We drank some beer and attempted to write in our journals before bed. It was really difficult to do, though, and we soon gave up and went to bed. We were anxious to see what the cabin actually looked like, the promised mountain view out the gazebo in back, and what the area looked like, but those things would have to wait until morning. There wasn’t enough light to see any of it.

7. US Highway 64; 8. Whiteside Mountain

Wednesday, September 5th, 2007

Saturday night, after hiking at South Mountains State Park, we headed back to Charlotte and got some German food for dinner. German food isn’t something I normally seek out, but I always enjoy it when I eat it, and this restaurant was particularly good. Sunday morning, we went to breakfast and Michael and Laurel gave us a brief car tour of Charlotte. We hadn’t seen any of Charlotte yet, so it was cool to get a tour, but I still didn’t get much of a sense of what it’s like there. Maybe next time, we can do some things in Charlotte.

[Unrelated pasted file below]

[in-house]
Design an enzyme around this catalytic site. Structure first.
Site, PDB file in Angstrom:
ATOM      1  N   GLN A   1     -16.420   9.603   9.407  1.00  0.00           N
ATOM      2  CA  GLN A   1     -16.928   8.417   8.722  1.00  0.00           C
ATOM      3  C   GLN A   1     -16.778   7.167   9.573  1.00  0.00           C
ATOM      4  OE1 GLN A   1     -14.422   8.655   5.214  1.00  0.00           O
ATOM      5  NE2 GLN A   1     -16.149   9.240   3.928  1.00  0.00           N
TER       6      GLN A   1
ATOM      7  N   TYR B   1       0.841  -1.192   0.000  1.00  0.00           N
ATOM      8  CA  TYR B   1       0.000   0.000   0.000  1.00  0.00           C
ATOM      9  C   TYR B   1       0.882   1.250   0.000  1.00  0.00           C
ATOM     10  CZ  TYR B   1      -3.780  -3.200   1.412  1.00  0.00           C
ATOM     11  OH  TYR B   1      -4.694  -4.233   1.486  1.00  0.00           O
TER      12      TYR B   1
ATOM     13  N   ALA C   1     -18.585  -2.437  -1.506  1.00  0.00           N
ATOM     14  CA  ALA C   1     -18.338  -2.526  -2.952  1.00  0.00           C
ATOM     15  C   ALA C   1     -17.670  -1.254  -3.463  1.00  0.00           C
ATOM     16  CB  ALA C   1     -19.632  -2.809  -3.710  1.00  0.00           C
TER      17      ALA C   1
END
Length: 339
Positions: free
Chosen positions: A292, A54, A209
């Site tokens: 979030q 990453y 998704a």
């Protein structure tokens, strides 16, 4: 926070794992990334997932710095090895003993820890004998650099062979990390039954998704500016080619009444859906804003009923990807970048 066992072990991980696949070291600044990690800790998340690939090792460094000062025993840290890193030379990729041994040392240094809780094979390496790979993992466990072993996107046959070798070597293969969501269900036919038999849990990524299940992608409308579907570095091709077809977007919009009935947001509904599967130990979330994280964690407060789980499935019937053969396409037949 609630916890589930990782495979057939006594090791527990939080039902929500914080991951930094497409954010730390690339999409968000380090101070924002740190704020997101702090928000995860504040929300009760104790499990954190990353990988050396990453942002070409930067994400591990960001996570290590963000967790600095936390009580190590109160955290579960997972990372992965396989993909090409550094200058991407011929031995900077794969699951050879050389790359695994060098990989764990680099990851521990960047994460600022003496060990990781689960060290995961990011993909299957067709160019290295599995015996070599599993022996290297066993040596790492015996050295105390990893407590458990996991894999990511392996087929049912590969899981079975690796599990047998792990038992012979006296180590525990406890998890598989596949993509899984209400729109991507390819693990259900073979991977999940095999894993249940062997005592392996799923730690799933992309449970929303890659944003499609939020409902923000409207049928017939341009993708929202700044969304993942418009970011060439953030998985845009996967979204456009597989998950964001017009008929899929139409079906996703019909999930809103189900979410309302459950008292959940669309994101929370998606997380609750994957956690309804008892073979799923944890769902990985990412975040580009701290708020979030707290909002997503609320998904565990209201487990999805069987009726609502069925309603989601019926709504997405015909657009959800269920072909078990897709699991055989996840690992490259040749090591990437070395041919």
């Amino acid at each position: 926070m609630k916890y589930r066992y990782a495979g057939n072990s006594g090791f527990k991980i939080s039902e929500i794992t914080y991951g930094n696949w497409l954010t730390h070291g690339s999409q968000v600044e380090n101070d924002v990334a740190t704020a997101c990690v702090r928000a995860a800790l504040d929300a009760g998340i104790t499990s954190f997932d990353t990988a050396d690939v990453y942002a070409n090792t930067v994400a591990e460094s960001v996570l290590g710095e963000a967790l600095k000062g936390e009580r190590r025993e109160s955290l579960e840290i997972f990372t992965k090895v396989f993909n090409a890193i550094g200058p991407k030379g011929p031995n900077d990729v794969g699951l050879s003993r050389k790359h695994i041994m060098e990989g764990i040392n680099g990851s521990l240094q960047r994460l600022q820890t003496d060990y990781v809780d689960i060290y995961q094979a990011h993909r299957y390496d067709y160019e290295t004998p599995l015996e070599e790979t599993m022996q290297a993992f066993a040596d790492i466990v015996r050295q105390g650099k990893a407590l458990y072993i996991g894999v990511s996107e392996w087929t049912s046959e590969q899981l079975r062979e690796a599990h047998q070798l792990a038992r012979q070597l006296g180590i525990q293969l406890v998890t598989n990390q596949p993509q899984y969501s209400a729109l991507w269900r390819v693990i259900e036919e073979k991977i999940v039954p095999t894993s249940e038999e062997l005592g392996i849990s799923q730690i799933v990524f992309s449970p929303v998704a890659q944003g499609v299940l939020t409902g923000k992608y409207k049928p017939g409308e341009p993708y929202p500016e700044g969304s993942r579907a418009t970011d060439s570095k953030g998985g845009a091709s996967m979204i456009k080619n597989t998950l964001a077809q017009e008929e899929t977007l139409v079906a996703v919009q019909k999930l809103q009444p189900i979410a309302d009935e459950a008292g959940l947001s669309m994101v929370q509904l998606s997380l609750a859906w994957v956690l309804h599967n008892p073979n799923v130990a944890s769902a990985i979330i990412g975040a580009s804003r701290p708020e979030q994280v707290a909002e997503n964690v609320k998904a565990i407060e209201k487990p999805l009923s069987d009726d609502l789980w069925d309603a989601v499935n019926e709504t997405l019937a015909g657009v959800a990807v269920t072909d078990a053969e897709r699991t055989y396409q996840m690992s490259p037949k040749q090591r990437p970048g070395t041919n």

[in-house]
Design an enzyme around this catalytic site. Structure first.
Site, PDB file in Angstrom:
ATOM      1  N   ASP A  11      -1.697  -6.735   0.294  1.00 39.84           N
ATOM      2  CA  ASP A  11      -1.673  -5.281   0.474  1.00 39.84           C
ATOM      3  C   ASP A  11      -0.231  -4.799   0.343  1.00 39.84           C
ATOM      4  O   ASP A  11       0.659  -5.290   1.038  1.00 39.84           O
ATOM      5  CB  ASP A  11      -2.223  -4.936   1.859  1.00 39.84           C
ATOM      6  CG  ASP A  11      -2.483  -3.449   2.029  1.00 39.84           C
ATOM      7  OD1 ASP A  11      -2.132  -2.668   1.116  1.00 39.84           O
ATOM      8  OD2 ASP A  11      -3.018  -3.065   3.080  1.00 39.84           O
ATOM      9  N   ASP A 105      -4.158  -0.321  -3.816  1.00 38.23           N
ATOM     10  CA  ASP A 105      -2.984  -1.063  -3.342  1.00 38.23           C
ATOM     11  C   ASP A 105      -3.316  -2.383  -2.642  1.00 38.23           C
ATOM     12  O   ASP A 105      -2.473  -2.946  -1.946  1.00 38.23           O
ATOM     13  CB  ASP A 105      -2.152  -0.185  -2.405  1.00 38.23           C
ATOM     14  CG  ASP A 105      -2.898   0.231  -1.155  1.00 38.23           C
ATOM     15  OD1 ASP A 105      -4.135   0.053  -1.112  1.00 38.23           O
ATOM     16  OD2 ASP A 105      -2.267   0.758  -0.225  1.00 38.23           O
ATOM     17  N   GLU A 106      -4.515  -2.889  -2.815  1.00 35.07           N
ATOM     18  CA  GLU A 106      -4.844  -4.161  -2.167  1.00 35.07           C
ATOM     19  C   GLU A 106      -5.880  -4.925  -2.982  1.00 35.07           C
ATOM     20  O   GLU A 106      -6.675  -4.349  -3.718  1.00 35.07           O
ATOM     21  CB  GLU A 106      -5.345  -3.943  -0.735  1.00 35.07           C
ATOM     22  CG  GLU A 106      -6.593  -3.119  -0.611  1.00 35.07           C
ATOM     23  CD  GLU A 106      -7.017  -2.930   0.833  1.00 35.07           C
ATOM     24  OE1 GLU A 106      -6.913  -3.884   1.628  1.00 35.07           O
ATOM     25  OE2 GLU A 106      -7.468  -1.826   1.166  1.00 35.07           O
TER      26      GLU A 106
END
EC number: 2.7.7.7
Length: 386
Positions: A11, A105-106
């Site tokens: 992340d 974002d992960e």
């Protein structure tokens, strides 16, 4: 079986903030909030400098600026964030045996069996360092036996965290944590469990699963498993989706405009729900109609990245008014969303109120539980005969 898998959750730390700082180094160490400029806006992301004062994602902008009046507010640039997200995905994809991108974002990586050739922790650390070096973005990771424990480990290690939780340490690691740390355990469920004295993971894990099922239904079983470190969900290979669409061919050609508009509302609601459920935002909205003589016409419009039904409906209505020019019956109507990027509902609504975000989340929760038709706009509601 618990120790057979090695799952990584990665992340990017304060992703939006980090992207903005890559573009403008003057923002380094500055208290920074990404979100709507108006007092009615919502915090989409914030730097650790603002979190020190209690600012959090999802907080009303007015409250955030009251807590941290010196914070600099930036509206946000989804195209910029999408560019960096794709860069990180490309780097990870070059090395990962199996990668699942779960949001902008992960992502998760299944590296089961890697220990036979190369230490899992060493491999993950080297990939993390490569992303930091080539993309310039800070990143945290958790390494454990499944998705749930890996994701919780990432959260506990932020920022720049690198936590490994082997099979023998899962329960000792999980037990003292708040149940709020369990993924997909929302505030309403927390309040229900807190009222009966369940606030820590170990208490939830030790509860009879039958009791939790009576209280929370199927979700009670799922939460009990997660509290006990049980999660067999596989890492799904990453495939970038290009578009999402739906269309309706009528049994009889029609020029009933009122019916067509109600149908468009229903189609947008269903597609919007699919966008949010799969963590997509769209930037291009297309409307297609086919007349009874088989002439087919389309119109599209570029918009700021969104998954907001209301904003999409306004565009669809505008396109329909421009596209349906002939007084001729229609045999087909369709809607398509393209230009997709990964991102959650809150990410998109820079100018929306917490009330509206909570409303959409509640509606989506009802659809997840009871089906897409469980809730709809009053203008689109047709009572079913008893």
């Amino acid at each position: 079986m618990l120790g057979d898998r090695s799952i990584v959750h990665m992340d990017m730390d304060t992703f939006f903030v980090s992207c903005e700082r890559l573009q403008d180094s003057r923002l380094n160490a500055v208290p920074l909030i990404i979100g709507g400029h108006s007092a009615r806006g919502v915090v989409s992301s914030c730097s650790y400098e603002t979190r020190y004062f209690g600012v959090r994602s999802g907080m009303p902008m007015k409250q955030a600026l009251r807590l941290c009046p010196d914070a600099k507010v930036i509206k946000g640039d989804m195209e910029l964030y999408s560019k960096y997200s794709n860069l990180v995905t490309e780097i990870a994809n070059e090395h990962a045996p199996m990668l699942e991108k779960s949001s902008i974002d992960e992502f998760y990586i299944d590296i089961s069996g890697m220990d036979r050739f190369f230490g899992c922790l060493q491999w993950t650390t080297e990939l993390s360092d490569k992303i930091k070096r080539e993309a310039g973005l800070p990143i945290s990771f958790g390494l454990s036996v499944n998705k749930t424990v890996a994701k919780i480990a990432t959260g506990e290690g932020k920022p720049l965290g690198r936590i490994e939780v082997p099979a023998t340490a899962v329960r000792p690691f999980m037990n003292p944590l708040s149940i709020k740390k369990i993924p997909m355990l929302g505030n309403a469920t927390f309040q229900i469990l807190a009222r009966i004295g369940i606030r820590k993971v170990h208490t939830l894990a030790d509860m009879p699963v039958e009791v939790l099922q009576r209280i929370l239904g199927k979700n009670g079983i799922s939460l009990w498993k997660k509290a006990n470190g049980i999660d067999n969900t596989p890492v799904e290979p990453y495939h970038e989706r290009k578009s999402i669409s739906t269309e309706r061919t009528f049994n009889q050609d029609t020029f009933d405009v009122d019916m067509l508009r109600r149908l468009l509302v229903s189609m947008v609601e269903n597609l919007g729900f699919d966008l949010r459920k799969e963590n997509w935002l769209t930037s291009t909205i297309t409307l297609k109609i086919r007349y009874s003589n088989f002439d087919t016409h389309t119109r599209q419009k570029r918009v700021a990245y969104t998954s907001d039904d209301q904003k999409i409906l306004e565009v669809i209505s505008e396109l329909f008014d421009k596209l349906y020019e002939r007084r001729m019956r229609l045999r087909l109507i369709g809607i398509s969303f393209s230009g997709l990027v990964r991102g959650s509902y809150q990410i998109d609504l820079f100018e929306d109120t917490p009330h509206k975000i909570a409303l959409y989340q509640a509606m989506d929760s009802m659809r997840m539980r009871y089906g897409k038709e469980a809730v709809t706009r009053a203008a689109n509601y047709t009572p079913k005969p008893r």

Sunday afternoon, Sarah and I headed out to go to the cabin we rented in Franklin, NC. We were on interstates for about half of the way, but we got tired of that and really wanted to see the area more, so we ditched the interstate for U.S. Highway 64. This turned out to be an excellent choice, because it was the coolest road I had ever driven on, winding through mountains with a lot of switchbacks and sharp turns, ups and downs, and a whole lot of beautiful scenery along the way. In fact, it’s part of a scenic byway of some sort (I’ll have to look up exactly what) and followed a river for a long while, also going near many waterfalls. This route took a lot longer than the interstate would have, but it was so much better that it was well worth it.